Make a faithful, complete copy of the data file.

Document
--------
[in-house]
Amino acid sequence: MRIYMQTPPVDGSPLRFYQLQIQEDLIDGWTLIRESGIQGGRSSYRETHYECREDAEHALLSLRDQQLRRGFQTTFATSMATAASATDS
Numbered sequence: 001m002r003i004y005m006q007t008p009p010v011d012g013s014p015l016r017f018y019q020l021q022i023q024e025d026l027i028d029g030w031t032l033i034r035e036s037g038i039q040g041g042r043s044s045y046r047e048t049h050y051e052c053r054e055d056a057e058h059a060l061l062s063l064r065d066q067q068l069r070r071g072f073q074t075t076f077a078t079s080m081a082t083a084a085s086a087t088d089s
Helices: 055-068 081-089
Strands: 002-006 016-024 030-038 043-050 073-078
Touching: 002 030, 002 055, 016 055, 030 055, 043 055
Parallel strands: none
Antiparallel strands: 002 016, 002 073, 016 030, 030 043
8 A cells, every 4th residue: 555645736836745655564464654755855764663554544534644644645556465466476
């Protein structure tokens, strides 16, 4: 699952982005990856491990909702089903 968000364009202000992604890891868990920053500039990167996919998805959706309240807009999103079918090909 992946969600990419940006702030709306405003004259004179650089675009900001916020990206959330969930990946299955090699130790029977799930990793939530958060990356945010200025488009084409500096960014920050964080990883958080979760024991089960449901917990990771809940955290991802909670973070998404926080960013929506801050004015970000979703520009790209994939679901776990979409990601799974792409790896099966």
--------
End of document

[in-house]
Amino acid sequence: MRIYMQTPPVDGSPLRFYQLQIQEDLIDGWTLIRESGIQGGRSSYRETHYECREDAEHALLSLRDQQLRRGFQTTFATSMATAASATDS
Numbered sequence: 001m002r003i004y005m006q007t008p009p010v011d012g013s014p015l016r017f018y019q020l021q022i023q024e025d026l027i028d029g030w031t032l033i034r035e036s037g038i039q040g041g042r043s044s045y046r047e048t049h050y051e052c053r054e055d056a057e058h059a060l061l062s063l064r065d066q067q068l069r070r071g072f073q074t075t076f077a078t079s080m081a082t083a084a085s086a087t088d089s
Helices: 055-068 081-089
Strands: 002-006 016-024 030-038 043-050 073-078
Touching: 002 030, 002 055, 016 055, 030 055, 043 055
Parallel strands: none
Antiparallel strands: 002 016, 002 073, 016 030, 030 043
8 A cells, every 4th residue: 555645736836745655564464654755855764663554544534644644645556465466476
């Protein structure tokens, strides 16, 4: 699952982005990856491990909702089903 968000364009202000992604890891868990920053500039990167996919998805959706309240807009999103079918090909 992946969600990419940006702030709306405003004259004179650089675009900001916020990206959330969930990946299955090699130790029977799930990793939530958060990356945010200025488009084409500096960014920050964080990883958080979760024991089960449901917990990771809940955290991802909670973070998404926080960013929506801050004015970000979703520009790209994939679901776990979409990601799974792409790896099966």